If anyone needs another indicator of how quickly online technologies are revolutionizing business, it’s in how quickly companies are having to add C-level employees to deal with tech issues. Just a year or two ago, businesses were only starting to get used to the idea of having a Chief Information Officer at all.
Times have changed. Today, cyber-crime problems have reached a tipping point, which requires another set of specializations that can be found in a Chief Information Security Officer (CISO). The CISO usually reports to the CIO, but the position requires broad powers with the discretion to use them with minimal oversight.
Demand for CISOs is creating a new shortage of talent, because CISOs are getting snatched up as quickly as businesses can find them. However, there are good candidates out there, and plenty of others are also training themselves to fill the role.
What should a company look for when hiring a CISO?
A CISO cannot be a follower. They need to be allowed wide latitude to do their jobs appropriately. If a cyber-attack happens, the CISO should be ready and able to respond immediately– not after a lengthy series of inquiries and approvals from higher-ups.
Obviously, a lot of trust goes along with this role, and hiring authorities should take that into account by thoroughly vetting potential CISOs before hiring one.
Good CISOs right now are concerned largely with their own careers and with finding suitable challenges that will build their skillsets. Considering the demand for CISOs, companies should assume that candidates are considering multiple offers. One deciding factor for the CISO likely will be how interesting and challenging they find a particular company’s problems.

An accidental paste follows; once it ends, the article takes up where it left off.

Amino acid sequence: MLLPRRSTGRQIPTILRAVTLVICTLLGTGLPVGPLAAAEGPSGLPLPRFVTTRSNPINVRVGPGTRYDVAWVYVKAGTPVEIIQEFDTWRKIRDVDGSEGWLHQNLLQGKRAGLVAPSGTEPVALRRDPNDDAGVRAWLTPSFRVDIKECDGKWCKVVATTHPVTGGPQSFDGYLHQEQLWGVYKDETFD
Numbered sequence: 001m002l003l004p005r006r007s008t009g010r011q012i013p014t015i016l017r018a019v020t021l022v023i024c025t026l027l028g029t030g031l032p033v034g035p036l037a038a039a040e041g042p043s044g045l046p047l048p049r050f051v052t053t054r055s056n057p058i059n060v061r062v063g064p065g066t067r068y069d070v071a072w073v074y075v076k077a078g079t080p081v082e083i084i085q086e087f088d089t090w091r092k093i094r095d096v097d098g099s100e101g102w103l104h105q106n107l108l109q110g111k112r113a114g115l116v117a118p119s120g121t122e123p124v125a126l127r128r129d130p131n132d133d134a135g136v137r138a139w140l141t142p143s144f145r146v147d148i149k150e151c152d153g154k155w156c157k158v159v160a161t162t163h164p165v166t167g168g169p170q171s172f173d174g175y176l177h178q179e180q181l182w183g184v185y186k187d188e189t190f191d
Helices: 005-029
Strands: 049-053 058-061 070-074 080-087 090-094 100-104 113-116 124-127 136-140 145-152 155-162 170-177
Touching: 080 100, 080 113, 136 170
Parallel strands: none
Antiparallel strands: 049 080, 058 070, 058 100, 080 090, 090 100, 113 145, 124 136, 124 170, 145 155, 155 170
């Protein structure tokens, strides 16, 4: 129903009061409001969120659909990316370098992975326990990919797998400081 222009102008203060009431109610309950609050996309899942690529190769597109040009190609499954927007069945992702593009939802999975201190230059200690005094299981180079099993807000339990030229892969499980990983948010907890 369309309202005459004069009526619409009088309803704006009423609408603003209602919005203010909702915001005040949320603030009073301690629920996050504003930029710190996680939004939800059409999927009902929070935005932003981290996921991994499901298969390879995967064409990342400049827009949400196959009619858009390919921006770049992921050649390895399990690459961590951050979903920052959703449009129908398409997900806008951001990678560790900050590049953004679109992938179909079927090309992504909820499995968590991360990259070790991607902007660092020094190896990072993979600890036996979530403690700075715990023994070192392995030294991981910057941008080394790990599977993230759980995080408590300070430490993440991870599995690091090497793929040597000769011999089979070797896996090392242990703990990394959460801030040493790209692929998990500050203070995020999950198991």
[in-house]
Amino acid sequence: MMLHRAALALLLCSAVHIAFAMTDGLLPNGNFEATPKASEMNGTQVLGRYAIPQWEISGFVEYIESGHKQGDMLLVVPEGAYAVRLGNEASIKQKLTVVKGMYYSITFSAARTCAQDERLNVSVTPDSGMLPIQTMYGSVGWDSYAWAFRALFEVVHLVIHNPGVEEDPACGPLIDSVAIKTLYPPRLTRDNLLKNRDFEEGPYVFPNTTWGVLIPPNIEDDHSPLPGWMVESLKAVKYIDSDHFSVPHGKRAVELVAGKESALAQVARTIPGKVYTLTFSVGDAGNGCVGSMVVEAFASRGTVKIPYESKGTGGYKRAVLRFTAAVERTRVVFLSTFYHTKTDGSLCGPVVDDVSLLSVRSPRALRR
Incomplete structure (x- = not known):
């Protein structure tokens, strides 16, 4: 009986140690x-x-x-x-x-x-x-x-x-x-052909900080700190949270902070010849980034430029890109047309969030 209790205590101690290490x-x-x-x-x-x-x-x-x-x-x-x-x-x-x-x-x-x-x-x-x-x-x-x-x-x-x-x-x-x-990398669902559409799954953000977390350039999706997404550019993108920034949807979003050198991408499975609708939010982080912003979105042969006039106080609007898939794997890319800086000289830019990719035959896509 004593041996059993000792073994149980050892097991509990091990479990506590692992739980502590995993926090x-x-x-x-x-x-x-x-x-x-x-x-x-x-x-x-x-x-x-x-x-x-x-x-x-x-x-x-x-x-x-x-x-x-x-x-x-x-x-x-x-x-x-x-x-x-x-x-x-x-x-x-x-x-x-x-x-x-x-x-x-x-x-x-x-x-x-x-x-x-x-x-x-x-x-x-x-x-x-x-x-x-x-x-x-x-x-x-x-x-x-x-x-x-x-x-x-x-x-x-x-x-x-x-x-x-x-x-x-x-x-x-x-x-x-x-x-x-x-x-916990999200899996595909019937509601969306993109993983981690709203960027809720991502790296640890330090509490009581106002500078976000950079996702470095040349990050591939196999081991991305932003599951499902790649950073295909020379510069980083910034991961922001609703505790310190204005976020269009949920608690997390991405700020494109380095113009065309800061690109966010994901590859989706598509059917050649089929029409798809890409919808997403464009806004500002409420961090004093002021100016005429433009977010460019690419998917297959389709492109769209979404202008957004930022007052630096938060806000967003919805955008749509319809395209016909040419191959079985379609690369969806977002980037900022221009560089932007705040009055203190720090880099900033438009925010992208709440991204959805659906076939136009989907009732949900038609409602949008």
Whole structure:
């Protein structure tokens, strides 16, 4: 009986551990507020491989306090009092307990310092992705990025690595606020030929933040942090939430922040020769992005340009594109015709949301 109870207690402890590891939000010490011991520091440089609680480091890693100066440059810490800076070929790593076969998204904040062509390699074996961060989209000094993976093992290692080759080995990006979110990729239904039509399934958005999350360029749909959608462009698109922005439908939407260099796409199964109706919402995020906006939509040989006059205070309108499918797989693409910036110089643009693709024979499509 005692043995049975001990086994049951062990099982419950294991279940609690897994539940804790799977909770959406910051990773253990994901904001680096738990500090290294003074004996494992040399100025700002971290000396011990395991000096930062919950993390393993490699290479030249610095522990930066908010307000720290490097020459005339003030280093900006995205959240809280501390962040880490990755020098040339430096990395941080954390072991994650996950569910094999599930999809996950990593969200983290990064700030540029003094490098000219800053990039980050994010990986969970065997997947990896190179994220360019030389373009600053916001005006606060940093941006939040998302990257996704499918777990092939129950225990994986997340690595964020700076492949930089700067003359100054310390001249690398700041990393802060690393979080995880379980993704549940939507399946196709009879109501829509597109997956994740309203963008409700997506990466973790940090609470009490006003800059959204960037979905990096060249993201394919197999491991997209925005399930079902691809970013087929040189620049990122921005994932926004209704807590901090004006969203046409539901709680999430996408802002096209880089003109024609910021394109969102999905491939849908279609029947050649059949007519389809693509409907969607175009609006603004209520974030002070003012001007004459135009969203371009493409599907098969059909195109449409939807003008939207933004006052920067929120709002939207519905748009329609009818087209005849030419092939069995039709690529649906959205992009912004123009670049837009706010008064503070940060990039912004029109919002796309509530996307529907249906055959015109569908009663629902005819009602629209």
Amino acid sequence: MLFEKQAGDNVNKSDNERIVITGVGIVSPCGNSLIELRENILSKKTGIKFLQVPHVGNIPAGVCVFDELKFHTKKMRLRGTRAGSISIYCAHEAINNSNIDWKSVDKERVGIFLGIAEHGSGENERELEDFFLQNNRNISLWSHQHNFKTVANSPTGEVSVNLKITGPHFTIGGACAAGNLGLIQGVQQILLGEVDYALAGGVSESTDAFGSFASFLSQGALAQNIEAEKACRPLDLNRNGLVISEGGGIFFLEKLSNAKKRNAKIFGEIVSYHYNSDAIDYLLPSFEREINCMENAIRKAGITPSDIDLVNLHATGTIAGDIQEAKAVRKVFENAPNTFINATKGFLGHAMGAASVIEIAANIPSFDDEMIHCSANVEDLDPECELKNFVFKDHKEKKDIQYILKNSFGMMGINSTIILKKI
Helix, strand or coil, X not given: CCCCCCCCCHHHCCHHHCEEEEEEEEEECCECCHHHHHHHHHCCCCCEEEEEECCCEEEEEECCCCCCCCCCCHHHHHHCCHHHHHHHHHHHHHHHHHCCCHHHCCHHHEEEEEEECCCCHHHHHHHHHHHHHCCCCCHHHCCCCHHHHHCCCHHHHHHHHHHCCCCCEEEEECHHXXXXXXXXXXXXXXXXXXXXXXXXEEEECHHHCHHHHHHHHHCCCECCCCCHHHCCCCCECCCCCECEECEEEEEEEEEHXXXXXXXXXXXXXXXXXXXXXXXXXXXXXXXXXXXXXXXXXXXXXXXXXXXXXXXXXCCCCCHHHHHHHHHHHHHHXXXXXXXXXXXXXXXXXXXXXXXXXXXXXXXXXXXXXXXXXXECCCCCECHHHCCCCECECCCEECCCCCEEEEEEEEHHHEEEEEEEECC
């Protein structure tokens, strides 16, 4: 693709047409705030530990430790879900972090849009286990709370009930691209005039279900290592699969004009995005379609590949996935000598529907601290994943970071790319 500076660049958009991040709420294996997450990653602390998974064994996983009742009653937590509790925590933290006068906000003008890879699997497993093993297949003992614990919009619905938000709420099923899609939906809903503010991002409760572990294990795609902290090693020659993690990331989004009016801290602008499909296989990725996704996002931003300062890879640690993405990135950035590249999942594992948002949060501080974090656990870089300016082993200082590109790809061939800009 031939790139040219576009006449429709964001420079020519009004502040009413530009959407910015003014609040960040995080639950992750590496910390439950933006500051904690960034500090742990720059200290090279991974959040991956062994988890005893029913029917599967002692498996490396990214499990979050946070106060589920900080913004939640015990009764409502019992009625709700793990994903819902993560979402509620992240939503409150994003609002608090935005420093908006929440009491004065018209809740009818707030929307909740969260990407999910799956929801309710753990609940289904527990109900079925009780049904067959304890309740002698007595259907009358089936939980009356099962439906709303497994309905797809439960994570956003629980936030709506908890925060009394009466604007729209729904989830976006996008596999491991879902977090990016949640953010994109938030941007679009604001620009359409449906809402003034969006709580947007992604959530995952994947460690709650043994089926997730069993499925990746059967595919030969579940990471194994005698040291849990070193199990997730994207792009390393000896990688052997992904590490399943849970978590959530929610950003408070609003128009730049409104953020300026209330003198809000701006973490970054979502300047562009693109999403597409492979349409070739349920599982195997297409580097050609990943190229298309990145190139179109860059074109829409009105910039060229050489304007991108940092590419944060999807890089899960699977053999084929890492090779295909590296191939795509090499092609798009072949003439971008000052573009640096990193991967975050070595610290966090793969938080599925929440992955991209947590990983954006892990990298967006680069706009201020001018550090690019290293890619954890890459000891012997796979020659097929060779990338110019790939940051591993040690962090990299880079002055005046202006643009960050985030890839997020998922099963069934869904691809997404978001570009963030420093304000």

If everything seems to be running smoothly, highly qualified CISOs are likely to say, “Well, I’m not needed here,” and look for another job where they will be more immediately useful.
The general job of CISO is new enough that it’s easy for people to fake credentials or exaggerate their past experiences. Genuine certifications that are from reputable organizations and that are backed by testing are one of the few reliable ways that a non-technical HR officer can know they’re hiring genuine talent.
A CISO who cannot produce proof of certifications from external organizations is likely to be too much of a gamble unless that individual has extensive references or other documentation that corroborates his or her claims.
4. Interpersonal Skills
A CISO is in a very delicate position, because the role requires balancing privacy and security needs for the company, its staff, and its customers. This cannot be treated solely as a technical job. The most effective CISO will regard the human needs of people within and outside the organization.
A CISO must have the necessary interpersonal skills to balance out their technical skills and an ability to see the big picture in terms of how policies affect people and their lives.
Given the demand for qualified CISOs in the industry, many are now setting their own salaries, and, generally, they get them. Furthermore, poaching is incredibly common in the field at the moment. A company should be prepared to reconsider their usual policies in terms of incentives and compensation for the sake of retaining a qualified and effective CISO.
It’s clear that smart approaches to hiring, vetting, and retaining a quality CISO are necessary. Companies should be willing to sweeten the deal significantly -and to keep it sweet- to hire and hold onto a CISO. The alternative could be a revolving door of short-time hires.